Bloodthirsty ticks can be difficult to spot once they’ve buried themselves into your pet’s fur and latched onto the skin. The problem is ticks can transmit infectious diseases, such as Lyme disease, which can cause serious symptoms in dogs (this disease can also affect us if we get bitten by an infected tick).
Often once a tick is attached, dogs don’t show any obvious signs they have anything wrong, and this is why they can be so dangerous, as they may remain hidden from you and potentially put your dog at risk of contracting disease. But when you know what to look out for, you can reduce the risks. Use our guide to find out whether your dog has become a tick’s latest meal.
How do you know whether your dog has a tick?
Small bumps on the skin
These small, oval-shaped arachnids change colour and size as they feed; the common UK dog tick starts off small, yet once it has attached to a host and fills with blood, its body gets larger and turns a greyish colour, and it is much more visible at around 1 cm in diameter.
Because ticks attach to your dog’s skin and are hidden by your dog’s fur, once they’re attached you’re more likely to feel them on your dog before you actually see them.
Carefully run your hands over your dog’s body to feel for any small bumps on their skin which could be a tick. Ticks like to settle in hairless areas, so pay particular attention to your dog’s head, neck, groin, feet, armpits and ears.
You may want to use a torch to get a better look inside your dog’s ear and if you spot one inside the ear, contact your vet rather than trying to remove the critter yourself.
Check your dog for ticks regularly, especially after walking through habitats where ticks live, such as grassy or wooded areas.
Unlike flea bites, which cause animals to desperately itch and scratch, tick bites often don’t irritate dogs (this is part of the problem - dogs often won’t alert you to the fact they have been bitten, and meanwhile the tick is able to feed for days).
However, some dogs can react to tick bites, tell-tale signs can include red and inflamed skin at the site of attachment, and it can sometimes lead to a skin infection.
More serious symptoms that could indicate your dog might have been bitten by a tick
If you didn’t manage to catch sight of the tick, then you might not know your dog has been bitten. Ticks can transmit diseases to our pets, and if this happens, you may spot unusual symptoms in your dog some weeks to months after a tick bite, that could indicate they’ve been exposed to a tick-borne disease.
Signs your dog may have Lyme disease
Lyme disease is a bacterial infection which can cause serious symptoms in dogs. Not all dogs that are infected go on to have problems, but those that do can become very unwell. The bacteria that causes Lyme disease is carried by ticks found in the UK and can be transmitted to both dogs and people if they’re bitten by an infected tick.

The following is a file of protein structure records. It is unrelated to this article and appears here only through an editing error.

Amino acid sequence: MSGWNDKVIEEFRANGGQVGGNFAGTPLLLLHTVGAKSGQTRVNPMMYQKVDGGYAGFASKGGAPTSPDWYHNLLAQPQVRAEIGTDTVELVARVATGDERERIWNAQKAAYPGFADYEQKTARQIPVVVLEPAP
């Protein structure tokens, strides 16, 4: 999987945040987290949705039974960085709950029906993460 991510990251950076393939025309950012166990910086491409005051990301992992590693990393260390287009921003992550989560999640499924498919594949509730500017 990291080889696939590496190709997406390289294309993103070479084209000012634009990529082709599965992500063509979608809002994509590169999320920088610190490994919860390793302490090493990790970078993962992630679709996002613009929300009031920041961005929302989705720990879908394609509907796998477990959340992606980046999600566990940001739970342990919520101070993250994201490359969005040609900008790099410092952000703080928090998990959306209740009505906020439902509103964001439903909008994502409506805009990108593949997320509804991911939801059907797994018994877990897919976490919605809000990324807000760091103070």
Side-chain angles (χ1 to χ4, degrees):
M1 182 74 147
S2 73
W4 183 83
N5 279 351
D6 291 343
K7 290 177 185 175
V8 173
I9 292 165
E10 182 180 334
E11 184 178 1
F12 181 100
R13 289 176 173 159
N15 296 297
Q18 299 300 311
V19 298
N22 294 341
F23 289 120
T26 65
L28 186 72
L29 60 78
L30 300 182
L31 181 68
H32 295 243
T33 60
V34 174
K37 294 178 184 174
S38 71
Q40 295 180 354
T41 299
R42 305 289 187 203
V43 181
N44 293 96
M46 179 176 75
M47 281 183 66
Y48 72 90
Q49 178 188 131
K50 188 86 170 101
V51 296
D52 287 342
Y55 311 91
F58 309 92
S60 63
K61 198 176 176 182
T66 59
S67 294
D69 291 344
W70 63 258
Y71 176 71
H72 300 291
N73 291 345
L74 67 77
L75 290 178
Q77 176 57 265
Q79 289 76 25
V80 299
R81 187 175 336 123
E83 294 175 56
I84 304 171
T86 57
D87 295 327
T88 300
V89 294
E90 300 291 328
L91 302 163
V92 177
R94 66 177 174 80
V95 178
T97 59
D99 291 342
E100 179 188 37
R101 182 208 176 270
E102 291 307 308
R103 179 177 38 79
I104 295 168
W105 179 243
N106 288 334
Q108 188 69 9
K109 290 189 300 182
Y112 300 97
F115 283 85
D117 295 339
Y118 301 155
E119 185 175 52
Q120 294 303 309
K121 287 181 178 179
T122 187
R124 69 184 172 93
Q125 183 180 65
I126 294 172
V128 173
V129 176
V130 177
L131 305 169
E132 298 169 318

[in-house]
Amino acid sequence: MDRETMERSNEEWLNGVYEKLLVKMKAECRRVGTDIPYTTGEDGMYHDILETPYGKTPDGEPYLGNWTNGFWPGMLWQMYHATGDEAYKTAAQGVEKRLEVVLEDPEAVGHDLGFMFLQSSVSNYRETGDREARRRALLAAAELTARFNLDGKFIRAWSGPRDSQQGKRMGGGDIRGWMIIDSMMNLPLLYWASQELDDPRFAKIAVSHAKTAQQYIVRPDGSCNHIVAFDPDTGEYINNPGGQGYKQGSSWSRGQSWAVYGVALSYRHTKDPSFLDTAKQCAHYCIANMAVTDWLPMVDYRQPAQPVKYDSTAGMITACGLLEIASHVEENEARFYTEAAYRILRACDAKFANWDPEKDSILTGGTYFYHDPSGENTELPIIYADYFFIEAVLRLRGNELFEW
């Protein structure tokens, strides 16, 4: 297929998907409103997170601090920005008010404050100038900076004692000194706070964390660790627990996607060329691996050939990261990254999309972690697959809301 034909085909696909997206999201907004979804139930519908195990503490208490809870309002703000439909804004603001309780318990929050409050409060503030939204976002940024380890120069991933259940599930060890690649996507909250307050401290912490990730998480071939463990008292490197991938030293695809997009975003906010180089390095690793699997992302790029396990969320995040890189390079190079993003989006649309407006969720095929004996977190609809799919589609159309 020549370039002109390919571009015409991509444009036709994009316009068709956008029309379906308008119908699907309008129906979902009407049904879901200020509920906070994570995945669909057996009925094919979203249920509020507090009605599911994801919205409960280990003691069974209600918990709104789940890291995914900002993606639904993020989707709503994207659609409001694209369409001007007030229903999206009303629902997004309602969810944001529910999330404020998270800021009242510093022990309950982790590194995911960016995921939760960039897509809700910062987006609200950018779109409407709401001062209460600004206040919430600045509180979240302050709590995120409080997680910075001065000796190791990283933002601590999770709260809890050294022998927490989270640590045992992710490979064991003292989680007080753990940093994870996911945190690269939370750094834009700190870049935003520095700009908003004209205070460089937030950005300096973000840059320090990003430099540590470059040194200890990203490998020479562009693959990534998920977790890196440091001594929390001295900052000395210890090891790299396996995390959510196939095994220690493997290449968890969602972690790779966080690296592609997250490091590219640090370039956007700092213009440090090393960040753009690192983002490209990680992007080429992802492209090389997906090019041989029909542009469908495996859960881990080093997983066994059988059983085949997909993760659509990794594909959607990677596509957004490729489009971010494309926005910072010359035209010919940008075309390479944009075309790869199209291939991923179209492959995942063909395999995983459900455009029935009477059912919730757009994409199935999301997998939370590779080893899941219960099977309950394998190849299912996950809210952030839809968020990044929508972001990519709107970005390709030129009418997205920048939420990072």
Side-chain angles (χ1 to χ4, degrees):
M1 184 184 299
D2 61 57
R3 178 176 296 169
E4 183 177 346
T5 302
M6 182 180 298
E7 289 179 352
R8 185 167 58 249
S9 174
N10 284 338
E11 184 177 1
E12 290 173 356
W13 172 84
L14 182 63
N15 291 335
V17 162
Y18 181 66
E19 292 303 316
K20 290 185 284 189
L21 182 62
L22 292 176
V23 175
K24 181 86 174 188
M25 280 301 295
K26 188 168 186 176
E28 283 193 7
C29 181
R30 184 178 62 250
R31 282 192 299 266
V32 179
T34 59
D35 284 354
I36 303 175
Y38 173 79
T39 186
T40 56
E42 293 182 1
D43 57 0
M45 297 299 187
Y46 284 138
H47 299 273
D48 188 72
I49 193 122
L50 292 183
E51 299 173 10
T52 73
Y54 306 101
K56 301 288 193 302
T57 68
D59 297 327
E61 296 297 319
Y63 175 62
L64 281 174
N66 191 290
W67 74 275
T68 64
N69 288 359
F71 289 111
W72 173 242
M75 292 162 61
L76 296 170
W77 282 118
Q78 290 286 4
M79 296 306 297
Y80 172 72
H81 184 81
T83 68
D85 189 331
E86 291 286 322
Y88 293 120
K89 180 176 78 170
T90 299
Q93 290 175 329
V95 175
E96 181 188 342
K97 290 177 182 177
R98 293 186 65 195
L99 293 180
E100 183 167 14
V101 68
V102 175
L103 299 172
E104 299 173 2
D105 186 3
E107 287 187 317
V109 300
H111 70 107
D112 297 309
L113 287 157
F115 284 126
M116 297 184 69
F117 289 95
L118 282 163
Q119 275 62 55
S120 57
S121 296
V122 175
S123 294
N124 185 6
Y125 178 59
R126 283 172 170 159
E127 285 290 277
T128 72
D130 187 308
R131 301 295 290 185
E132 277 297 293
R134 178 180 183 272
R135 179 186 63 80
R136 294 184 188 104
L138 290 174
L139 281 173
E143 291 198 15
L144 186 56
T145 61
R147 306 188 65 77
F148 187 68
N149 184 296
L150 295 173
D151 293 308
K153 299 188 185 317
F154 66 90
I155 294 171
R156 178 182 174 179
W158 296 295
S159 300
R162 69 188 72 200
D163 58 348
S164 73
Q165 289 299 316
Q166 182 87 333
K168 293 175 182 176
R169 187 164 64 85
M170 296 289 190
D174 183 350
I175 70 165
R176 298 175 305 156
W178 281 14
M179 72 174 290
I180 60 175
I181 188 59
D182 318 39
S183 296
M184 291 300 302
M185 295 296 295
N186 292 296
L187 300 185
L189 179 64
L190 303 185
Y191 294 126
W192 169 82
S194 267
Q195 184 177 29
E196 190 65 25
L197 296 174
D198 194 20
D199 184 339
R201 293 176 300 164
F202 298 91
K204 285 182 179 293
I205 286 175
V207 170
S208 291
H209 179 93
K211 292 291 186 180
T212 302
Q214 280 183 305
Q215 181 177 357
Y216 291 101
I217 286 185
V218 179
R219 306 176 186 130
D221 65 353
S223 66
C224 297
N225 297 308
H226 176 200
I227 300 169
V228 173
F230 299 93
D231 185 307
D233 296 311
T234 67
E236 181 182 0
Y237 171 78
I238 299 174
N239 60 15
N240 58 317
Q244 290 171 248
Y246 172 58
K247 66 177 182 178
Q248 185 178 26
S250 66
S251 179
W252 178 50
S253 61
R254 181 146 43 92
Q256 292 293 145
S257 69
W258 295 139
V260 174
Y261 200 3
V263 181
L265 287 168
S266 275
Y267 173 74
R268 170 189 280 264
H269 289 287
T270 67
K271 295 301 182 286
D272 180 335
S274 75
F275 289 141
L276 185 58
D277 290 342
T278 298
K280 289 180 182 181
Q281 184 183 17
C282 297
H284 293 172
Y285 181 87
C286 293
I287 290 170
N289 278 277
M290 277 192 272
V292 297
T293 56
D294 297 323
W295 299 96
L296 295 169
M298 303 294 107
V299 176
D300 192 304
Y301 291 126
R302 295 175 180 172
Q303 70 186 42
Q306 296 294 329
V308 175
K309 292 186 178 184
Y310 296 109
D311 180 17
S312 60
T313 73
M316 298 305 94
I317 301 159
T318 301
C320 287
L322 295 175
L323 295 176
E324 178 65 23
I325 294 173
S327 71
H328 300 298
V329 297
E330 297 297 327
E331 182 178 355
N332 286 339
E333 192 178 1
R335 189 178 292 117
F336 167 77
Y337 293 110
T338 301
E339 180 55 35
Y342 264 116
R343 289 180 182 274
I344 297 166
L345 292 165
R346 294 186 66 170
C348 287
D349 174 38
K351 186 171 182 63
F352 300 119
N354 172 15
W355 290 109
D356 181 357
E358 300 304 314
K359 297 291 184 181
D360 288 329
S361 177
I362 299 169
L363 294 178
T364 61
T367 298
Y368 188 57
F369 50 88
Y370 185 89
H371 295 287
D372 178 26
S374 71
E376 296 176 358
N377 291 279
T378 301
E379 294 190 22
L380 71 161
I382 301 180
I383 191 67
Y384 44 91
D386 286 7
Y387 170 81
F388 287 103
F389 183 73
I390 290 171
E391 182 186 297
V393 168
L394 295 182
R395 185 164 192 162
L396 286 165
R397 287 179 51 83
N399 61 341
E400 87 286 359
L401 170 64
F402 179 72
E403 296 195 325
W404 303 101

Cases of Lyme disease in people in the UK have increased in number in recent years, and both dogs and dog owners walking in areas where ticks are present are at risk of this disease.
If dogs show symptoms with Lyme Disease, they can include:
- loss of appetite
- swollen lymph nodes
Always speak to your vet if your dog shows any of these signs, or any other unusual symptoms. Your dog may not show signs for weeks or even months after being bitten; if your dog is unwell and you know he was bitten by a tick, even if it seems a while ago, always mention this to your vet. Your vet can carry out some tests to try and determine if your dog has the disease and they can prescribe antibiotic treatment if needed.
Some species of tick can also carry the diseases babesiosis and ehrlichiosis. Although they’re more commonly encountered in mainland Europe, a small number of cases have been reported in dogs that haven’t travelled outside of the UK. If you take your dog abroad, they are also at risk from these diseases, making tick protection important both at home and when holidaying with your pet.
What to do if you find a tick on your dog
Because ticks can easily be missed, it’s important to proactively look for ticks on your dog, especially if you live in or are visiting an area of the country where ticks are common. If you often go for ‘walkies’ in the countryside or wide open parks, you should conduct a tick check each time you return.
If you do find a tick, you’ll need to carefully remove the whole tick safely, as soon as you can. Tick removal can be tricky due to their very strong mouthparts, but with the right tools removing them should be relatively straightforward. If you remove the tick and think the mouthparts have broken off and been left behind in the skin, don’t panic, but contact your vet, as there is a risk of an infection at the site of the tick bite.
Use our guide to removing ticks with a tick hook, to help you successfully remove the whole tick, and help reduce the risk to your dog. We also have advice on removing a tick from your dog’s ear, though if you spot a tick in the ear canal itself, speak to your vet for advice.
How you can help prevent ticks biting your dog
The best way to protect your dog from ticks is to use an effective preventative tick treatment.
There are plenty of products on the market in the form of tablets, collars and spot-ons, which target ticks.
Some tick products are active in the bloodstream, and ticks have to bite and feed on your pet before the tick is killed.
Seresto flea and tick collar is able to repel and kill ticks, helping to reduce the risk of vector-borne disease. The collar also kills fleas, providing 7 - 8 months of flea and tick protection in a single application.